Another big predictor of Tea Party participation: whiteness.
They are overwhelmingly white, but even compared to other white Republicans, they had a low regard for immigrants and blacks long before Barack Obama was president, and they still do. [my emphasis]
There you have it. No disrespect, but the Tea Party is fueled by racism and religious bigotry. Dealing with these folks day-in-and-day-out during the health care fight, this much was abundantly clear to many of us. Now there's some research to back up what we knew in our guts.
How can we make sense of crazy sports riots like the ones that went down last week in Vancouver? How can people get so "up in arms" over a game, while being so resigned about things that really matter?
Let’s say that I care a lot about the war in Iraq, and I start planning with some other folks in my town to put together a public rally to call for an end to the war and occupation. Well, what if we made the rally about the economy too? Everyone cares about the economy, right? Surely more people will come out if we link these two issues. Hey, while we’re at it, immigration is a big issue for a lot of people in our community, and I think we can get this one local immigrant rights organization onboard for our rally. We should at least be able to get someone to speak. And that makes sense. Immigrants are impacted by both the war and the economy. Also, there have been some folks working locally to stop a proposed waste incinerator. We should definitely have someone from that group speak at the rally. Wow, if we list all of these issues on one flyer, then we can attract a lot more people than the folks who would come out just because of the war or any one of the issues on its own.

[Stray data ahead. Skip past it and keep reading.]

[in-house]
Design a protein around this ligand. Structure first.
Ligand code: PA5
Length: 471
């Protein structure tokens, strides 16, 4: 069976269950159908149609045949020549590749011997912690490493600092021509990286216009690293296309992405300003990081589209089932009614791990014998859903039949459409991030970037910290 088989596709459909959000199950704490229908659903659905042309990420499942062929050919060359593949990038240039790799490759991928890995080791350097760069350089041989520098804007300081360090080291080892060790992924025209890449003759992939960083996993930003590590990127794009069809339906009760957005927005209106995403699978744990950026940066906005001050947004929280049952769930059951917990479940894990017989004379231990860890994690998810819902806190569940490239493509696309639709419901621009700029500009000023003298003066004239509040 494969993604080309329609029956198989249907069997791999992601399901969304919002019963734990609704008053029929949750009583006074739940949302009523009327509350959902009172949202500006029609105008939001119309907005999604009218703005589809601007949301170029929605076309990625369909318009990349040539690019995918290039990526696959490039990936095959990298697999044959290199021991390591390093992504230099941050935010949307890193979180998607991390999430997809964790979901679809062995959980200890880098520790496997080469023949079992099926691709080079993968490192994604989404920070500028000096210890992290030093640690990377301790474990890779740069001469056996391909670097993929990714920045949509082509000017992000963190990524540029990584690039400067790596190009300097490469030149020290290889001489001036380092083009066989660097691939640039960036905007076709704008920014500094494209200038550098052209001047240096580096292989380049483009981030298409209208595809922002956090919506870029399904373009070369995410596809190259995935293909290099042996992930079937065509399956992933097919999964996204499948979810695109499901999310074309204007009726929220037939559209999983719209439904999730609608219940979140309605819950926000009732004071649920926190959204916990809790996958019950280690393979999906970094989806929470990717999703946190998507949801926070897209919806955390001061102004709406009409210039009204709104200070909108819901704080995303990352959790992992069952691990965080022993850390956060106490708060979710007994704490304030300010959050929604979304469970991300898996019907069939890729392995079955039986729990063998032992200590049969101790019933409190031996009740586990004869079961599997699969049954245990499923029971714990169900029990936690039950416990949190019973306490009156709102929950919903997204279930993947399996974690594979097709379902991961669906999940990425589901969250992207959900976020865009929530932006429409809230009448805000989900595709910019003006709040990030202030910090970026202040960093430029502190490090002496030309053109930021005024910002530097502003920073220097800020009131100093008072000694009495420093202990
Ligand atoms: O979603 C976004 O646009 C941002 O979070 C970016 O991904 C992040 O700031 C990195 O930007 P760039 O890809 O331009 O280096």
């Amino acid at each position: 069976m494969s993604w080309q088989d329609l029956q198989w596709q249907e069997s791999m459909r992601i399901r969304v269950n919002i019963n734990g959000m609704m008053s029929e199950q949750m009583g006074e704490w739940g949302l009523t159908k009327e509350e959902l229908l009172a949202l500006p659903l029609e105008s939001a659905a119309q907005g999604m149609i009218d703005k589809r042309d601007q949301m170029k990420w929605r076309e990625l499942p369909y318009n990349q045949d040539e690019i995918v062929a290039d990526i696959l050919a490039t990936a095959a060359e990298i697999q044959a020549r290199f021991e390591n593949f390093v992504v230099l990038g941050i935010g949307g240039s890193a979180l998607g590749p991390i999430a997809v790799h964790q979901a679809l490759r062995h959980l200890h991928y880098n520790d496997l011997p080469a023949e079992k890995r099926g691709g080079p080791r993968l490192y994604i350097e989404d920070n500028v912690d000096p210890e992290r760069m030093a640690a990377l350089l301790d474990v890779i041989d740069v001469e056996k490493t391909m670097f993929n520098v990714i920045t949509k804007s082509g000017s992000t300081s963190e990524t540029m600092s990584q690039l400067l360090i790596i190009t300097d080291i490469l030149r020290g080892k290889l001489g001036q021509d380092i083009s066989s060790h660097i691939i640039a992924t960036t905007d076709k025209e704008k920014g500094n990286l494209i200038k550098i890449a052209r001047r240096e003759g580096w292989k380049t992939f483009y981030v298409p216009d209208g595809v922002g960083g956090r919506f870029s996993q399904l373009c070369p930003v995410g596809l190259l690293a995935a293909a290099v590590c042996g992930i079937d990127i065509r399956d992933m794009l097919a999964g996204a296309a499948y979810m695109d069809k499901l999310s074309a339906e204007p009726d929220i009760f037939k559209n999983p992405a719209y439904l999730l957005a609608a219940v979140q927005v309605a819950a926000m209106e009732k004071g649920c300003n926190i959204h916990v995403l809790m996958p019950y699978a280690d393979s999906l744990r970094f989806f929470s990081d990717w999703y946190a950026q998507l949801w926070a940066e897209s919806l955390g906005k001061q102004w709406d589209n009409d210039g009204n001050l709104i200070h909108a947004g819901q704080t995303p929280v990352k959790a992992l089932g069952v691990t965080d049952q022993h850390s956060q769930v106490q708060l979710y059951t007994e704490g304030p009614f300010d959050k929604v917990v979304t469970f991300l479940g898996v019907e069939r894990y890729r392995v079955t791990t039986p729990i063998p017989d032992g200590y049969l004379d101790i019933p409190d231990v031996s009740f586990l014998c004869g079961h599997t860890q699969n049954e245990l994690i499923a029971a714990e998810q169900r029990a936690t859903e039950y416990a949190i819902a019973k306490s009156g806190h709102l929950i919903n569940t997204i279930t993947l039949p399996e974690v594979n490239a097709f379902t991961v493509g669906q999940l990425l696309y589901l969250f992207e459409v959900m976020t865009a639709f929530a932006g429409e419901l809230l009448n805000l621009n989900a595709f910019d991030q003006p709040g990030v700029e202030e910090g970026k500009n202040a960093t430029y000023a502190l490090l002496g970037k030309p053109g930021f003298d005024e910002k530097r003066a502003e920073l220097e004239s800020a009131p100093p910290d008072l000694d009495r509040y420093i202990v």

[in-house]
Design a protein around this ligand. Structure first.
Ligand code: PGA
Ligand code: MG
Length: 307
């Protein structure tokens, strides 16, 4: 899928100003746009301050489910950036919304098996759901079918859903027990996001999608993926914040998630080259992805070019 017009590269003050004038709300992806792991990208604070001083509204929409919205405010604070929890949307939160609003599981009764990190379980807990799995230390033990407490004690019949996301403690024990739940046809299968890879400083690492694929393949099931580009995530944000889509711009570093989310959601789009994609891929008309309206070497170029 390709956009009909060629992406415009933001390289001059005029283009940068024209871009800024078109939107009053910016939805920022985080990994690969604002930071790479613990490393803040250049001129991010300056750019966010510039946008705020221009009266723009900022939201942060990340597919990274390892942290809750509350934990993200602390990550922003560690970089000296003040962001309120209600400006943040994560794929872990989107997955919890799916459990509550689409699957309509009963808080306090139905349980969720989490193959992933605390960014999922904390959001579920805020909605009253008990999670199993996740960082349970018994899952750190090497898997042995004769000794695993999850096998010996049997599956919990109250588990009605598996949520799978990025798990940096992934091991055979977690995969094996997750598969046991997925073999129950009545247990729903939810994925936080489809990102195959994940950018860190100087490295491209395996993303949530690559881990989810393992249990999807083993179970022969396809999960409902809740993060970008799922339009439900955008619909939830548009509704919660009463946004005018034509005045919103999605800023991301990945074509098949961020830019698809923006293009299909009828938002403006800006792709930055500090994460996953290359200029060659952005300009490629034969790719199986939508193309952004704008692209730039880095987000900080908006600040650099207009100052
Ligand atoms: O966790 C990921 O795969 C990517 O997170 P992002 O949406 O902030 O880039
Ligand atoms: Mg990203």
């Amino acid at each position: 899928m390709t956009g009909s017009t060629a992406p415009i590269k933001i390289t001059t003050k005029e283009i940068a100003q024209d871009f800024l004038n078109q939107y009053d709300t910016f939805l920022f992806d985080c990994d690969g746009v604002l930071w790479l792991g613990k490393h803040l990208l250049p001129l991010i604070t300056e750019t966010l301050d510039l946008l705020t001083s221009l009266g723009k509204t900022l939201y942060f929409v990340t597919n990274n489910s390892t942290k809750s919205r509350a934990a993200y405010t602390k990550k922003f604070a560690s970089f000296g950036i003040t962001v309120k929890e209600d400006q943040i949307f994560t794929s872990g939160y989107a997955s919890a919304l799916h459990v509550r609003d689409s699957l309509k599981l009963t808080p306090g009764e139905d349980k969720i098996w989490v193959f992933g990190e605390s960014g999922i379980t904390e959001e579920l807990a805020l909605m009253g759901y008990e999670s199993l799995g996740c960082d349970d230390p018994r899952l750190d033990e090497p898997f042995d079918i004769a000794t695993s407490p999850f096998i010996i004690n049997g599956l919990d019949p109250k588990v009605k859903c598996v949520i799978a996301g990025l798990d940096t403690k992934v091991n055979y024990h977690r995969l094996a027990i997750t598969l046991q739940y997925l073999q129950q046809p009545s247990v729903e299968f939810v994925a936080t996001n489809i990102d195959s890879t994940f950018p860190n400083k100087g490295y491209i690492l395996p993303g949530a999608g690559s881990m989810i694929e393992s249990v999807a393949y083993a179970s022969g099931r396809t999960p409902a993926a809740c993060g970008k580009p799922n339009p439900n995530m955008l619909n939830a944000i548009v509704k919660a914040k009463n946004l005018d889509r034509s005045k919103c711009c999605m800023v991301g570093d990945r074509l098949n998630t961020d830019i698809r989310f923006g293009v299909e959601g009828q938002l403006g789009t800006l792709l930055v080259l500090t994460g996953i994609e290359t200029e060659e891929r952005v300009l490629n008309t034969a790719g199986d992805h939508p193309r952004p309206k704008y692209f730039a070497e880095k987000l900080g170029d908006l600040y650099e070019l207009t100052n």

There are several important flaws to this kind of explicit connect-the-dots approach. It’s not that we shouldn’t be connecting the dots. And it’s not that we shouldn’t have strong moral narratives that can help people make sense of a platform of issues. But a strong moral narrative is different than just throwing a bunch of seemingly disparate issues onto the same flyer and assuming that we’ll be able to connect with anything other than an already highly politicized—and particularly politicized—audience (aka “the usual suspects”). What this kind of approach tends to do is to attract self-selecting individuals who come to the event as individuals. They may come as individuals from many different social backgrounds, with relationships to different social blocs. But these social blocs are not bought in, which means small numbers and few resources for the effort. Rallies are supposed to be demonstrations of grassroots organization and power (in order to leverage pressure to affect political change). But they can all too easily accomplish the opposite of this intention; they can be demonstrations of disorganization, powerlessness, and even incoherence (i.e. disconnection from any organized social base).
Every once in a long while something comes along that inspires progressives all across the country — all at once — and that has the power to reach beyond the boundaries of our progressive circles, to break out of the cognitive boxes we've been placed in, and to associate fresh meanings with old labels.
Last week during a debate with Republican former House Speaker Newt Gingrich at George Washington University, Governor Howard Dean offered a compelling narrative about immigration in the United States:
If Malcolm Gladwell lacks nuance in his dismissal of the contributions of Twitter, Facebook and other new social media to deep social change, that is fully forgivable. The title of the article that kicked off the controversy, "Why the Revolution will not be Tweeted", is a lot pithier than the perhaps more accurate, "Sure, the Revolution may very well be Tweeted, and it may even benefit to an extent from this particular new communication form, but Twitter is not a replacement for the strong social ties that come from face-to-face human interaction." There can be good reason and value in kicking off a conversation with a slightly oversimplified assertion — because it is indeed more likely to incite a reaction and actually kick off a conversation.
To the people of Egypt who are rising up to tear down the barriers to your full participation in a free, socially equitable, and democratic society: